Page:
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Extended Programme Benefits Young Offenders


27 July 1999

Disadvantaged young law breakers have been given further help with the launch today of the Victorian Young Offender Pilot Programme by the Parliamentary Secretary for Education, Training and Youth Affairs, Trish Worth.

Ms Worth said the Government recognised that young people who came into contact with the juvenile justice system often came from disadvantaged backgrounds.

"The lives of young people who have been in juvenile detention are characterised by unemployment, lack of education, alcohol and substance abuse and family breakdown.

"The Commonwealth Government is committed to helping these young people overcome problems like these so they can find work or continue their education and build a long term future.

As part of this commitment, the Commonwealth has funded, in conjunction with State Governments, the Young Offenders’ Pilot Programme in Victoria and Queensland.
The pilot projects target juvenile offenders ranging from 13-20 years old and helps them in a wide number of ways, from encouraging changes in destructive behaviour to the development of skills for a more positive lifestyle or arranging work and training opportunities .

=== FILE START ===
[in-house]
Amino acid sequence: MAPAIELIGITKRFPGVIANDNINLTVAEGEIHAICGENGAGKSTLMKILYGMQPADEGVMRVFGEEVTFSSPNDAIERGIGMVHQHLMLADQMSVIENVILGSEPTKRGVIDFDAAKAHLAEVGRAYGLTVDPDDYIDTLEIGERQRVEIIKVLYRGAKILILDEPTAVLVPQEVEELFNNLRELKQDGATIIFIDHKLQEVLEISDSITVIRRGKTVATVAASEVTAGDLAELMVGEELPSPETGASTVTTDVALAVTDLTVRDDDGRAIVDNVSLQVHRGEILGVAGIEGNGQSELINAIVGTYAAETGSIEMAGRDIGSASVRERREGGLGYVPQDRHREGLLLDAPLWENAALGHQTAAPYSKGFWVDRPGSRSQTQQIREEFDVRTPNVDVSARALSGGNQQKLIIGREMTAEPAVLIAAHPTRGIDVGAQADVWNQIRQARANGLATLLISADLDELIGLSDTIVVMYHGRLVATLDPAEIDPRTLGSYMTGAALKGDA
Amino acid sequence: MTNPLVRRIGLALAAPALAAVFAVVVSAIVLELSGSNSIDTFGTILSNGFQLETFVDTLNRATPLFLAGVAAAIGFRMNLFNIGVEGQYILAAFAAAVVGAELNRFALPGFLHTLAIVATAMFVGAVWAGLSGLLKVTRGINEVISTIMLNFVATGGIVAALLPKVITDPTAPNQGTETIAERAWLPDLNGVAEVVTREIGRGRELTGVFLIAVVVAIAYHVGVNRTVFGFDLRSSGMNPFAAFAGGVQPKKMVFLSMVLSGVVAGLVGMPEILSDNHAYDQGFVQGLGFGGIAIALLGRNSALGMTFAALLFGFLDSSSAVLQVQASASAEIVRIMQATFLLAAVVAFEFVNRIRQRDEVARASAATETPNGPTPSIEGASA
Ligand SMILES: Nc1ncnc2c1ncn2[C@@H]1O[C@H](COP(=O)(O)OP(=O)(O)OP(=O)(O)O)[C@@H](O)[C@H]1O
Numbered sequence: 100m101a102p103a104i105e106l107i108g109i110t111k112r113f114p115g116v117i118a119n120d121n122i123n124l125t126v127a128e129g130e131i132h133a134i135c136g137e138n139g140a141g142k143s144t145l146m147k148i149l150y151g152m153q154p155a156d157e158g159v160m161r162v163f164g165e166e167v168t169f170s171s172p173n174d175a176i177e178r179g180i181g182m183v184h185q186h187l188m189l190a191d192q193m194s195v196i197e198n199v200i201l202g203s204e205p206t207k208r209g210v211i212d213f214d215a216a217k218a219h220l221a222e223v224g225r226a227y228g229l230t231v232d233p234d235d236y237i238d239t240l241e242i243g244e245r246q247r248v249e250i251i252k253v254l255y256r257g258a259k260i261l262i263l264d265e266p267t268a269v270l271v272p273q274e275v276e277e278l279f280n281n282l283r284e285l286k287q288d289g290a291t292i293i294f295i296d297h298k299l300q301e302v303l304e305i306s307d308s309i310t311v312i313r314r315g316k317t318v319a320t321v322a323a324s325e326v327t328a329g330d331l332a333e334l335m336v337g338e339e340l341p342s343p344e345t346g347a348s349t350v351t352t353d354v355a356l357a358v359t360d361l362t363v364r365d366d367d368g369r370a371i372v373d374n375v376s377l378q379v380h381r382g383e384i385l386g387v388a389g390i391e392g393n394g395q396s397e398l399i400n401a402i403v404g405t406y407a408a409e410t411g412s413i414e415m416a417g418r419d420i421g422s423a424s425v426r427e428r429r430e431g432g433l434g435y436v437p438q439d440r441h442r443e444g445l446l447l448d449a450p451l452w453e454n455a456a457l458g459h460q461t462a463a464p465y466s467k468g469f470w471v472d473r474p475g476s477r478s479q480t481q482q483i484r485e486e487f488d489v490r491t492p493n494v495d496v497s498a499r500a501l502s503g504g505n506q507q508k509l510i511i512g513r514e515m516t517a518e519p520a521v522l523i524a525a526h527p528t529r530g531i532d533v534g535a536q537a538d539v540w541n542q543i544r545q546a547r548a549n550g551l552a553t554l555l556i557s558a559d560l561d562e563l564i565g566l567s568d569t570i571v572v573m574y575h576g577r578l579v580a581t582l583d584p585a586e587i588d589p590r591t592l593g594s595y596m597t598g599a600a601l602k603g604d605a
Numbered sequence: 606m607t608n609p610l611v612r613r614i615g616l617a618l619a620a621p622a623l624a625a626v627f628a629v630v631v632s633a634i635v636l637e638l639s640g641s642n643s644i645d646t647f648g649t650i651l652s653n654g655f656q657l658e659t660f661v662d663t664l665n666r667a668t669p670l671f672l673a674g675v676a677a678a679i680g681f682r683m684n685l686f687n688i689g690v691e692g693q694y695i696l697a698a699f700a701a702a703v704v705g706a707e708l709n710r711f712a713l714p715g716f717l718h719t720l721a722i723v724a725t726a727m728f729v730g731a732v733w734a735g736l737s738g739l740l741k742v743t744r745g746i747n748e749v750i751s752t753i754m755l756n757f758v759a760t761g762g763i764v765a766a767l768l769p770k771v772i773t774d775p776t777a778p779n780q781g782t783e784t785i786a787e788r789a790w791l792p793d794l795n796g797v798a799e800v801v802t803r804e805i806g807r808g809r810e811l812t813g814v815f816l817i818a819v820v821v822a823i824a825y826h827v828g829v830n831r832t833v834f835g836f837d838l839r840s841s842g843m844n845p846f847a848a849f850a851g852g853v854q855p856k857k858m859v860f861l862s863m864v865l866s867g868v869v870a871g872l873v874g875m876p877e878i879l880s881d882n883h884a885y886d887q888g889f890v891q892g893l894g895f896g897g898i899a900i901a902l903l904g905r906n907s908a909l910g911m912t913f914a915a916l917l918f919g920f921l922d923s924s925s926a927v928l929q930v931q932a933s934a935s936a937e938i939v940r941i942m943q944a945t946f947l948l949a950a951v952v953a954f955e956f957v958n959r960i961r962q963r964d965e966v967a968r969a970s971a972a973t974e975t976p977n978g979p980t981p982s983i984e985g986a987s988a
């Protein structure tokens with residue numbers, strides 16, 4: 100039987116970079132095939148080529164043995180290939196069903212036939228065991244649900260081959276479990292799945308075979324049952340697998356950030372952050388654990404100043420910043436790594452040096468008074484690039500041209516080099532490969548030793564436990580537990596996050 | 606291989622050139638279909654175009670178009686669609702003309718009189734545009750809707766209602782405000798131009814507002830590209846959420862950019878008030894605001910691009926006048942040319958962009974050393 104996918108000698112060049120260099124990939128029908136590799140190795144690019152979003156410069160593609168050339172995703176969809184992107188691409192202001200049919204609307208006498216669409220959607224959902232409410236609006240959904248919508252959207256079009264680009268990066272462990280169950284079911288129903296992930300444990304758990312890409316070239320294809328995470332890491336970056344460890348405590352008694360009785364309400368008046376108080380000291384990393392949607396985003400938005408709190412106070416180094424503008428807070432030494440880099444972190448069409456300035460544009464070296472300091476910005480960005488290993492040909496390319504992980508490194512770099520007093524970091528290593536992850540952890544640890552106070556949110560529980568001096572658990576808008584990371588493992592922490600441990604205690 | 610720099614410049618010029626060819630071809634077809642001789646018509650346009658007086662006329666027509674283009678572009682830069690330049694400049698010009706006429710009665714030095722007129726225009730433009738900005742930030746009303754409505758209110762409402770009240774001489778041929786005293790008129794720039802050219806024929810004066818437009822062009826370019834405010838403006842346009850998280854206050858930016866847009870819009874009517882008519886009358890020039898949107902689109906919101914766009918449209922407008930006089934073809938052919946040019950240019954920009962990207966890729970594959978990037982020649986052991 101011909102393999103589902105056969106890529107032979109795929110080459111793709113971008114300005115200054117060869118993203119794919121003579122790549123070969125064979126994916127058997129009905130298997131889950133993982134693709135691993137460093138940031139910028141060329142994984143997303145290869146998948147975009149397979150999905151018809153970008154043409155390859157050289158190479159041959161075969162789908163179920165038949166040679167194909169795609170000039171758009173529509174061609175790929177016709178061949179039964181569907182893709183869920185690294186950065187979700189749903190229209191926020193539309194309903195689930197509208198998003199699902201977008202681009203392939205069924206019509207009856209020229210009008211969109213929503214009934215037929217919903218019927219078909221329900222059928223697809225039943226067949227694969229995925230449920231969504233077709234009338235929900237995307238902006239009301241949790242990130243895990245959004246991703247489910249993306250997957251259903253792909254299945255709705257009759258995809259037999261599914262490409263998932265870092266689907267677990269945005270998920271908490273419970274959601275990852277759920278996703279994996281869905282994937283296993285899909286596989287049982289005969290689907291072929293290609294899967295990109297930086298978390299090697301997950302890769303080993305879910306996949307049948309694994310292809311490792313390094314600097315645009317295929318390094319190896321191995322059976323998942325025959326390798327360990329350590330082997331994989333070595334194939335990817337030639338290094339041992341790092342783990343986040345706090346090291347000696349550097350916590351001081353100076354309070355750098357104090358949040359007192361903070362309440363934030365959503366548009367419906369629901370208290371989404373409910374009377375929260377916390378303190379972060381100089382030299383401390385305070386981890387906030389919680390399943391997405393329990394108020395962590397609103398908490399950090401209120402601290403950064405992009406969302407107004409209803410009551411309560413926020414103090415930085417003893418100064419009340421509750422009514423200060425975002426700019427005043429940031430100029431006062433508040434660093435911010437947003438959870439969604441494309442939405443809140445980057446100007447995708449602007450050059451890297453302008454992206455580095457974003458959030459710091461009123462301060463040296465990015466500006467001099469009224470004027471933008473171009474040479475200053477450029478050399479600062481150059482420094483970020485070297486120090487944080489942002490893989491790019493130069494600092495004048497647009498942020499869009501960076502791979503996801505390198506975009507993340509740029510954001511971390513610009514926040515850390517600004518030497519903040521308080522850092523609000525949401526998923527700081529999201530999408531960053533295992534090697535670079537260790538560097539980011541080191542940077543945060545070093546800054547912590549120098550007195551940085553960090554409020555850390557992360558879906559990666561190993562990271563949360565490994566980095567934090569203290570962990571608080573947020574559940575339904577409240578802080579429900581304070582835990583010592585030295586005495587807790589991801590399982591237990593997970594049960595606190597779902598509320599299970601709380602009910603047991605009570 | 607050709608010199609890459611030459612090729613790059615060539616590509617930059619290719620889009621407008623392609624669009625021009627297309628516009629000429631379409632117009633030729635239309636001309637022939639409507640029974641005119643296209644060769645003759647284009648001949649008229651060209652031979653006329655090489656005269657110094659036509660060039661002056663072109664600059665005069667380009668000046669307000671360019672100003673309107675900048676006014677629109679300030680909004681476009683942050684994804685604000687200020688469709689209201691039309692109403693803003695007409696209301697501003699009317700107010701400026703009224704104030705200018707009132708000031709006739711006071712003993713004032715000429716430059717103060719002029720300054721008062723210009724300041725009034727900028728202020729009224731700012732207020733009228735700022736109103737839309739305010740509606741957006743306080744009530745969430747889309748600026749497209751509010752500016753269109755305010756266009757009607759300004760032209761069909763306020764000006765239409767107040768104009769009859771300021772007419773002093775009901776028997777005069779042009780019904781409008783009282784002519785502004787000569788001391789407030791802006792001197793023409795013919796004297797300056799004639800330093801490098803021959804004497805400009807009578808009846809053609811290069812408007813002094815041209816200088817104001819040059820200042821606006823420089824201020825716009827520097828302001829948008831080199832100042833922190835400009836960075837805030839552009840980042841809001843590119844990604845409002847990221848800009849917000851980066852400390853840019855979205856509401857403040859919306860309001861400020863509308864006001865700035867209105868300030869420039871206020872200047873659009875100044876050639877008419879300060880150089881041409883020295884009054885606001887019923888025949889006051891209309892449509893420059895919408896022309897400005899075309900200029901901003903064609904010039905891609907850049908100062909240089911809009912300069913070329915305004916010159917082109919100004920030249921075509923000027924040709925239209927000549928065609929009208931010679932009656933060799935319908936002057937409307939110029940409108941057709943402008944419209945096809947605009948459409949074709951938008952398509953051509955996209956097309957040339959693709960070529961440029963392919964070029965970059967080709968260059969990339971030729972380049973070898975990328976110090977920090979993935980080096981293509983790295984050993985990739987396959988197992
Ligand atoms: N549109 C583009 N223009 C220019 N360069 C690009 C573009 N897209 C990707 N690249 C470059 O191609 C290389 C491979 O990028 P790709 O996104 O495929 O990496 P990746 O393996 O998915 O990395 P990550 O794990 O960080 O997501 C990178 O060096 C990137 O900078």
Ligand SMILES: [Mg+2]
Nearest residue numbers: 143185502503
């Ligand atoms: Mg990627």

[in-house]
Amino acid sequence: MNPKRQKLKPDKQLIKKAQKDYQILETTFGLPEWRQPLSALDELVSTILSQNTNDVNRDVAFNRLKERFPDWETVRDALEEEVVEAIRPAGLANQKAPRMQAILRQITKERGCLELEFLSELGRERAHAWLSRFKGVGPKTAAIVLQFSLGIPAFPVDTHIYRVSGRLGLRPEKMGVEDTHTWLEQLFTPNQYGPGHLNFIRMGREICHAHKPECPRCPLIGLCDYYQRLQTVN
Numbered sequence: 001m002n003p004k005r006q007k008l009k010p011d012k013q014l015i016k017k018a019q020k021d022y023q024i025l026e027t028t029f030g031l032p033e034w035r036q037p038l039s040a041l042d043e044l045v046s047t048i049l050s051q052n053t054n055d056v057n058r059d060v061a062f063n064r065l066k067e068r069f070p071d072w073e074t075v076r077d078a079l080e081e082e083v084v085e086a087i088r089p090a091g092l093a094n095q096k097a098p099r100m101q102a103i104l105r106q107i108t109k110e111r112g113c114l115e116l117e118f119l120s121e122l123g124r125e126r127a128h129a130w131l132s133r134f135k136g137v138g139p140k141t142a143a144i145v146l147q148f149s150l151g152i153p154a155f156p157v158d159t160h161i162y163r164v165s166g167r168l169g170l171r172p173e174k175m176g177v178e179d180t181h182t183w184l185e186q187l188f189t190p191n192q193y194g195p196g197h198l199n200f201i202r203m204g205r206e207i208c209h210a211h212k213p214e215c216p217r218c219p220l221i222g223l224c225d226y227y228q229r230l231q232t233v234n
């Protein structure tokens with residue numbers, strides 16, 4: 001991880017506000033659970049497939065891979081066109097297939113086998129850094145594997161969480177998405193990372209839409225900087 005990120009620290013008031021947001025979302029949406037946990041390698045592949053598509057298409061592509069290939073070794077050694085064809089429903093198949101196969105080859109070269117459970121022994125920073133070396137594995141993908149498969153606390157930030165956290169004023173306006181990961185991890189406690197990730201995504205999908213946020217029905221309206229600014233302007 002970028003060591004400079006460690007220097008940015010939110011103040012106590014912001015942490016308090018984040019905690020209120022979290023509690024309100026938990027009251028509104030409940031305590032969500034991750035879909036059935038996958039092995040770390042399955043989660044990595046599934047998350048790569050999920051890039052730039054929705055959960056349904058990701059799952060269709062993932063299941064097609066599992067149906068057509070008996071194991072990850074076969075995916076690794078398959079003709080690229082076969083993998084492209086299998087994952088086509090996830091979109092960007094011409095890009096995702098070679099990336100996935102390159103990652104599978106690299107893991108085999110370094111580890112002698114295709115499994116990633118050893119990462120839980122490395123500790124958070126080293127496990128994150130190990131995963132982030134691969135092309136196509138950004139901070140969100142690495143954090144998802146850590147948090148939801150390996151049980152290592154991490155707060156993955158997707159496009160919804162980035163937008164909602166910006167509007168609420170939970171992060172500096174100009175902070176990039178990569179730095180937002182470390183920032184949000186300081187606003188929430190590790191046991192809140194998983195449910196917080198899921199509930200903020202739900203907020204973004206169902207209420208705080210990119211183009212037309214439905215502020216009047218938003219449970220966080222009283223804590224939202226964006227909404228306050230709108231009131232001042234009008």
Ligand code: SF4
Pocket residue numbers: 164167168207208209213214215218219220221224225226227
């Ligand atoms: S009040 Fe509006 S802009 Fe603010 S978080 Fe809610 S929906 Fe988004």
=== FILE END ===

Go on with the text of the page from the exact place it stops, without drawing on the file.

However Ms Worth said that it was essential to recognise that governments could not do everything on their own.

"Goals can be achieved by working in partnership with service providers, communities and State Governments, sharing commitment, skills and resources.

"This innovative Young Offenders’ Pilot Programme is a great example of how working in partnership can make a real difference to the lives of young people," said Ms Worth.
The pilot projects started in December 1998 with five projects throughout Victoria and two in Queensland. More young people will be assisted under the programme with future services planned for Western Australia and the Northern Territory.

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